“Gosh, right now my jokes are funny and I’m the best looking guy in the world, but I know as soon as I lose, all that will change.”

This quote came from a man who was recently granted the position of head football coach for a major NCAA football team. If you’ve been in leadership for any length of time, you either grinned or shook your head in agreement. You know leadership is demanding.

Leadership is demanding and often times stressful. As a result, leaders burn out. Their behavior becomes less predictable. They begin making more mistakes. Some are actions unbecoming for a leader. Some mistakes are due to a lack of action. They stop taking care of their own person – mind, body, and soul. After a while, they find themselves in a really bad place. Bad habits, irritation, confusion, and truck loads of stress.

Yep. I can relate. Through the years, I have created and adopted a five step process for shaping leadership within myself and those I have the privilege to serve. The five steps follow the acrostic SHAPE. The “P” in the acrostic represents the Path Principle: Purpose, Planning, Practice. Learning and applying this principle greatly reduces stress while increasing leadership performance.

The Path Principle was birthed out of a biblical proverb: “The path of the righteous is like the light of dawn, shining brighter and brighter until midday” (Pr. 4.18).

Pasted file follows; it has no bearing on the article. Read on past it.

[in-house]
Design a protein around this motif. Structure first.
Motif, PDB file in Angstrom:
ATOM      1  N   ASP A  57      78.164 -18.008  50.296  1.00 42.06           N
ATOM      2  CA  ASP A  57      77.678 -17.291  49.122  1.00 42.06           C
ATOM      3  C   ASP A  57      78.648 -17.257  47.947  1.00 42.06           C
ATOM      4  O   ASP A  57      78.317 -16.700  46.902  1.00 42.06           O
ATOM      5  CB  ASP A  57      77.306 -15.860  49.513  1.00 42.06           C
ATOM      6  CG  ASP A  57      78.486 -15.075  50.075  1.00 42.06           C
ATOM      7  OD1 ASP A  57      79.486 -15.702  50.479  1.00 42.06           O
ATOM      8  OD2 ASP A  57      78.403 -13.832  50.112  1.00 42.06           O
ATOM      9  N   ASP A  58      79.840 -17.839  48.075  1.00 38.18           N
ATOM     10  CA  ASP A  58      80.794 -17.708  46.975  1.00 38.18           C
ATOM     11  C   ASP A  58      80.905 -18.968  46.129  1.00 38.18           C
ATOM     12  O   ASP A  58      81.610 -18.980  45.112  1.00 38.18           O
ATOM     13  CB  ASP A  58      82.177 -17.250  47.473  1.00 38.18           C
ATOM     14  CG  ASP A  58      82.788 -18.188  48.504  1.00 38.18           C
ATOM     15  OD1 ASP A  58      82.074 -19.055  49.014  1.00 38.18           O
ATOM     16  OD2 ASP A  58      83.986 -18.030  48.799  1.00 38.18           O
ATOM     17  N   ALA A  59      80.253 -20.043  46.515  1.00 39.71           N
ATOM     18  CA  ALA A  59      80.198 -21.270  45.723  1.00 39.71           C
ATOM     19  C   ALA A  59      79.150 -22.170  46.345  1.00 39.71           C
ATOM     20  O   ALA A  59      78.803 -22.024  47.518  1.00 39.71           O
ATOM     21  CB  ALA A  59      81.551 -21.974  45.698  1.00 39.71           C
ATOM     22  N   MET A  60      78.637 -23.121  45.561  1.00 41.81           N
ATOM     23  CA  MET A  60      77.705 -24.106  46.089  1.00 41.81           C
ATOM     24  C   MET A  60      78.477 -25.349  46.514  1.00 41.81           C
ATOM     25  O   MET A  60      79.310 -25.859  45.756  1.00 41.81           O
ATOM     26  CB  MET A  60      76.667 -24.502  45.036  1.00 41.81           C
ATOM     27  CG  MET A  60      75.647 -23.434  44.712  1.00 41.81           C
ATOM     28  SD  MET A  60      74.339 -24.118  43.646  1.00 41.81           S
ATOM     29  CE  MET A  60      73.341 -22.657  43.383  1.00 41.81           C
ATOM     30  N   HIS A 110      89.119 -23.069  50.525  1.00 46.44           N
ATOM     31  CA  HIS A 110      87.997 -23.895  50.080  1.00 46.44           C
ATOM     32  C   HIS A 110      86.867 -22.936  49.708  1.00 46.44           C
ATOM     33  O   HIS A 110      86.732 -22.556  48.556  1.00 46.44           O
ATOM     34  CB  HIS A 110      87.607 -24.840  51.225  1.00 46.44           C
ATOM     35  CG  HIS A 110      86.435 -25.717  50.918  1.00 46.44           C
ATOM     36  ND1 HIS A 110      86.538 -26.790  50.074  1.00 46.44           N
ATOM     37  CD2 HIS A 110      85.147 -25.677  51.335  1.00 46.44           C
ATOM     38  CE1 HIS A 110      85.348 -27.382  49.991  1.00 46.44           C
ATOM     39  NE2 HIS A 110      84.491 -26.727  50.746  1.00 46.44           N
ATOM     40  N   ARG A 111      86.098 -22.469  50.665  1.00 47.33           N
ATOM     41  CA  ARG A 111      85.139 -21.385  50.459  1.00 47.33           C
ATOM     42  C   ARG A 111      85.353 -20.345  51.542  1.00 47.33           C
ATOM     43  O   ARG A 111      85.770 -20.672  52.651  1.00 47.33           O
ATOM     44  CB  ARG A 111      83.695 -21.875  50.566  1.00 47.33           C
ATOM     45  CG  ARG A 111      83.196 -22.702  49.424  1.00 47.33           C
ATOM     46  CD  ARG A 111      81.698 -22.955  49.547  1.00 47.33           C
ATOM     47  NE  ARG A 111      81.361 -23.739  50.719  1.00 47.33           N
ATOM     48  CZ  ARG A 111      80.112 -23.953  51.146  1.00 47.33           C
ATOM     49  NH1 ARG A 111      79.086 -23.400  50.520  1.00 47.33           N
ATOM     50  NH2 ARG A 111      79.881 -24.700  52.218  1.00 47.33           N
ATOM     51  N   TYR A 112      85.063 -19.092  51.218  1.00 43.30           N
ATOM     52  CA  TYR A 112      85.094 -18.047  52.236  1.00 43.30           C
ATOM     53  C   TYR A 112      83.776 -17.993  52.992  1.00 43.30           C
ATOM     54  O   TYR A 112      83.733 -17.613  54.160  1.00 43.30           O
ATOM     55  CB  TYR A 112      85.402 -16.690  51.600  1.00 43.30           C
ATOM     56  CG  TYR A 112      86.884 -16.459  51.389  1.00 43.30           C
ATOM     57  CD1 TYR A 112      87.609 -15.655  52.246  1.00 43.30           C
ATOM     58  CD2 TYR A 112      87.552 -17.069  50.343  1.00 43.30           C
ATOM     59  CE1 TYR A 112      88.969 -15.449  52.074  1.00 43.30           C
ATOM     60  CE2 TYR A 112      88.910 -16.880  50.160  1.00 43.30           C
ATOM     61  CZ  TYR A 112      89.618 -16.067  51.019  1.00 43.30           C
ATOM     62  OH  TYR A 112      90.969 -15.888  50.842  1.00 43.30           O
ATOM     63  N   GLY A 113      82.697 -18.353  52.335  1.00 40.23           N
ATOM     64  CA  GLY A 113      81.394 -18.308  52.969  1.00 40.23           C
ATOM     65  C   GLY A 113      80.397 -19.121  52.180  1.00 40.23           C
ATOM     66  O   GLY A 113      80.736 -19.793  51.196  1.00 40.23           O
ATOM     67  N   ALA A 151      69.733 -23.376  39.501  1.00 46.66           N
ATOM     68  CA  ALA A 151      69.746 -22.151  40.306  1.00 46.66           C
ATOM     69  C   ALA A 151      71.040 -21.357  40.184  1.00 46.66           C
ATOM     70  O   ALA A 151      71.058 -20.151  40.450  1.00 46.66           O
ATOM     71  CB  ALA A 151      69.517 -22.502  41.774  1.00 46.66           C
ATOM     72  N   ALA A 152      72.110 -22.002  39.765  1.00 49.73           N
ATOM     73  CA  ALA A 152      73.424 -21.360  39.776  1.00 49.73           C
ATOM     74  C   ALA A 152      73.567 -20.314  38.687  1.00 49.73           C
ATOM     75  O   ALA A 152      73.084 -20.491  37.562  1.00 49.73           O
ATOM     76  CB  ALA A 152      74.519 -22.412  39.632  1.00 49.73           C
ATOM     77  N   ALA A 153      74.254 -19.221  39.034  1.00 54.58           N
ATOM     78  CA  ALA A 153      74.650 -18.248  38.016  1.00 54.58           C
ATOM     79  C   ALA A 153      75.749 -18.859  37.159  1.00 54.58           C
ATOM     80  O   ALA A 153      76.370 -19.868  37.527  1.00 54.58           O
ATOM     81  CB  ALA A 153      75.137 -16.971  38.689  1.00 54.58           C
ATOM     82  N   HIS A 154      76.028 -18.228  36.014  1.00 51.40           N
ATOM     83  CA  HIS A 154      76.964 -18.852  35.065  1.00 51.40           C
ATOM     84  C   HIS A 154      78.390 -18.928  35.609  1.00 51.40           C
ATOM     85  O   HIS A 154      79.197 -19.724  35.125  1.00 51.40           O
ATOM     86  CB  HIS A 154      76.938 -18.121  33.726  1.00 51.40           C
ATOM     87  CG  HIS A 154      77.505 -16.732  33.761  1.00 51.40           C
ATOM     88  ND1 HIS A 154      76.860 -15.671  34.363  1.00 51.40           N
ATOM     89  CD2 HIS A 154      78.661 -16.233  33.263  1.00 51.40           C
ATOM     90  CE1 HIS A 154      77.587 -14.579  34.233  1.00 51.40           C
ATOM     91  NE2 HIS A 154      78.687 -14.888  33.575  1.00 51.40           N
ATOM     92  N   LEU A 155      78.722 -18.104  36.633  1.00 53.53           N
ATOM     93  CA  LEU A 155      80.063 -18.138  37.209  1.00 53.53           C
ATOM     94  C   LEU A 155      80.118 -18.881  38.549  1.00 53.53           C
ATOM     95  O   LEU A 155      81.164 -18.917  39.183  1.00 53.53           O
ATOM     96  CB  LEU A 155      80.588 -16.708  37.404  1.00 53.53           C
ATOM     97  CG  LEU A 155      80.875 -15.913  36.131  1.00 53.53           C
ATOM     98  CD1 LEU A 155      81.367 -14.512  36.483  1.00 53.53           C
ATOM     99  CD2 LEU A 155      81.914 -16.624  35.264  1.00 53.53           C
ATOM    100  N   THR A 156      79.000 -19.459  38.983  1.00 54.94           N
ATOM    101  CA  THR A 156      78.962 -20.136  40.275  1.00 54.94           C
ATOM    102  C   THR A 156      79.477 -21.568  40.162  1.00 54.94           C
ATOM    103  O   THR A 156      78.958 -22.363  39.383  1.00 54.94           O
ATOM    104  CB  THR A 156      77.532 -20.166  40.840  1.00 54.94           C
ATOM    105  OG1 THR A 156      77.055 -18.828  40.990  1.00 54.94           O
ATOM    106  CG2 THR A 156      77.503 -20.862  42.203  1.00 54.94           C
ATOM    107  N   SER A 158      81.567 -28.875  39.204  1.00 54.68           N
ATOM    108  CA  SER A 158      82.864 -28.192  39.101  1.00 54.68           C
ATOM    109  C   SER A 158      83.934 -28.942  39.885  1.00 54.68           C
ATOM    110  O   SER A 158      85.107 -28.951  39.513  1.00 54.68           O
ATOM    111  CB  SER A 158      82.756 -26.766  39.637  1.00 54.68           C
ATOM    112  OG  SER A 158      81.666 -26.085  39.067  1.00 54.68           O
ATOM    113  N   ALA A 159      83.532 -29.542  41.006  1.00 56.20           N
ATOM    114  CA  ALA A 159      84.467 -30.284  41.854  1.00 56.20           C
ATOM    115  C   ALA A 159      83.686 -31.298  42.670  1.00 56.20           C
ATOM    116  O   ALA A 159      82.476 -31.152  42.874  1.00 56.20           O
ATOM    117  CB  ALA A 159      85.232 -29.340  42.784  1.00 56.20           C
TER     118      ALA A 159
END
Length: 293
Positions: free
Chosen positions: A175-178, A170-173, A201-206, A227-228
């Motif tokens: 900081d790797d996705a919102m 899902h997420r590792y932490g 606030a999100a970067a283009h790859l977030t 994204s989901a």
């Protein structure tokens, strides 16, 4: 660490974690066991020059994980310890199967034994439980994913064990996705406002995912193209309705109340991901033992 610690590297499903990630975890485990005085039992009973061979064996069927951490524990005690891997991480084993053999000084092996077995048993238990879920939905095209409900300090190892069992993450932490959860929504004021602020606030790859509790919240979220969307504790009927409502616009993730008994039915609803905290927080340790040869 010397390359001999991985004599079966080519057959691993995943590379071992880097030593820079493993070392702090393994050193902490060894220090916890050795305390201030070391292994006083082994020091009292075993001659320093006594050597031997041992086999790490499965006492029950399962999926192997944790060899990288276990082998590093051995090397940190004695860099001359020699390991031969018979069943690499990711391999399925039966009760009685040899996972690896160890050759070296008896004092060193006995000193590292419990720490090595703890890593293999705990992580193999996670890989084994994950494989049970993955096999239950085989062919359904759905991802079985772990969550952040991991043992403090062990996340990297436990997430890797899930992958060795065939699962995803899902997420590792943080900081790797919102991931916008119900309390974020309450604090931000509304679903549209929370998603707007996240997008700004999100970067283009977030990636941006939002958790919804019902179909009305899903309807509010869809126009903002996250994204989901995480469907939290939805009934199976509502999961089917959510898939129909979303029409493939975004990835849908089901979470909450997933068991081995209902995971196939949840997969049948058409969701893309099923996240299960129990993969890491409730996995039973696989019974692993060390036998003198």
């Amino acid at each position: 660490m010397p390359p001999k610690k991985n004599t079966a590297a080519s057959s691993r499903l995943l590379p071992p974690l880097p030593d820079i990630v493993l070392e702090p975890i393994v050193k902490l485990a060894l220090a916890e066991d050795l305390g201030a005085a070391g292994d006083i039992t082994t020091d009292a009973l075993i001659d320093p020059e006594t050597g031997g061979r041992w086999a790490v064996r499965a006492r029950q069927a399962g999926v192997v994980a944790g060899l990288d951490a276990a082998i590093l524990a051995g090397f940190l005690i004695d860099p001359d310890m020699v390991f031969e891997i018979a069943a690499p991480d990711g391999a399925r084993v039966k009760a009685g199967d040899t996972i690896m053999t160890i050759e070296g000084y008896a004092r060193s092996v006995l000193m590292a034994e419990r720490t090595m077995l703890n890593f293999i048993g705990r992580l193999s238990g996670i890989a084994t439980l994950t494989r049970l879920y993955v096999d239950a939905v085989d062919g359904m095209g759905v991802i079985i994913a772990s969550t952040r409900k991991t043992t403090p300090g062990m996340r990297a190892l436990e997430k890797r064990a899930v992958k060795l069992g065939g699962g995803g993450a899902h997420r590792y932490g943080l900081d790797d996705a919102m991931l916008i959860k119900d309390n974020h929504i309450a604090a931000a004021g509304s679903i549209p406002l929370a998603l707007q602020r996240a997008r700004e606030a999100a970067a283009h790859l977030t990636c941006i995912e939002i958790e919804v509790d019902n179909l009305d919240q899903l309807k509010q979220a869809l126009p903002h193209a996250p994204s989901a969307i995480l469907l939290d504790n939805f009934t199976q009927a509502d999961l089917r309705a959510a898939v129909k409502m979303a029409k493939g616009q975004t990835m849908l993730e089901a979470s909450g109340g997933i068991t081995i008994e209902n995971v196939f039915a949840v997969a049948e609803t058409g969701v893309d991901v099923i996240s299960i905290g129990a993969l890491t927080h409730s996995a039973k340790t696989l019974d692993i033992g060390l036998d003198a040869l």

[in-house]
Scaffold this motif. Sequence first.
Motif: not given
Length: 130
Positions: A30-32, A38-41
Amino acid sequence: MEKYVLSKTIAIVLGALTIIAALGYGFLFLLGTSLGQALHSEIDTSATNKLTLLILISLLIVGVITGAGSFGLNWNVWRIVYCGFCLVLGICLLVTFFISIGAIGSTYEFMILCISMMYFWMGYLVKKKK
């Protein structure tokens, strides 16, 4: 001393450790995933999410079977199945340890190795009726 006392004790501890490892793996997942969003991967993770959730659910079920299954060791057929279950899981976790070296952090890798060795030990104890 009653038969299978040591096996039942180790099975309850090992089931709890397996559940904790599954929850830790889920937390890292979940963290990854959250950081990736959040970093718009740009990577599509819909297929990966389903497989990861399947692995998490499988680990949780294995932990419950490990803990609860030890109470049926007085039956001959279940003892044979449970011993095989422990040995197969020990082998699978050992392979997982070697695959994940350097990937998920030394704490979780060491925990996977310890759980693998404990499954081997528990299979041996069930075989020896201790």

The Path Principle:

Purpose: Know your purpose and the purpose of your organization. I believe the best purpose statements will center around two words: an “ing” action word and the objective word. For example, my life purpose is to serve by Shaping Character in the lives of leaders and organizations. The “ing” tells me that shaping is what I’m constantly doing. Shaping what? Shaping the total “character” of the person to become who they were created to be. This purpose helps me align my activities with my mind.

Planning: Too many of us allow the circumstances and priorities of others to direct our day and ultimately, our life’s path. This is highly unproductive and most often off course from our chosen direction and purpose. The other common mistake we make as leaders is that we have too many goals. Yes, that’s right. Too many goals. If all your goals are of highest importance, then none of them are important. In our training, we teach the concept of One Purpose, One Goal, One Focus.

Practice: Like the game of golf, too little practice leads to poor decisions (bad shots), wasted resources (lost balls), and double bogey performance (bad score). Leadership requires a clear purpose, effective planning, and relentless practice.

I know this article does not do justice explaining how each of these Path Principles works in daily life, not to mention, the entire SHAPE process but please know that we at Lead Today are dedicated to walk alongside those who desire to walk the right path.


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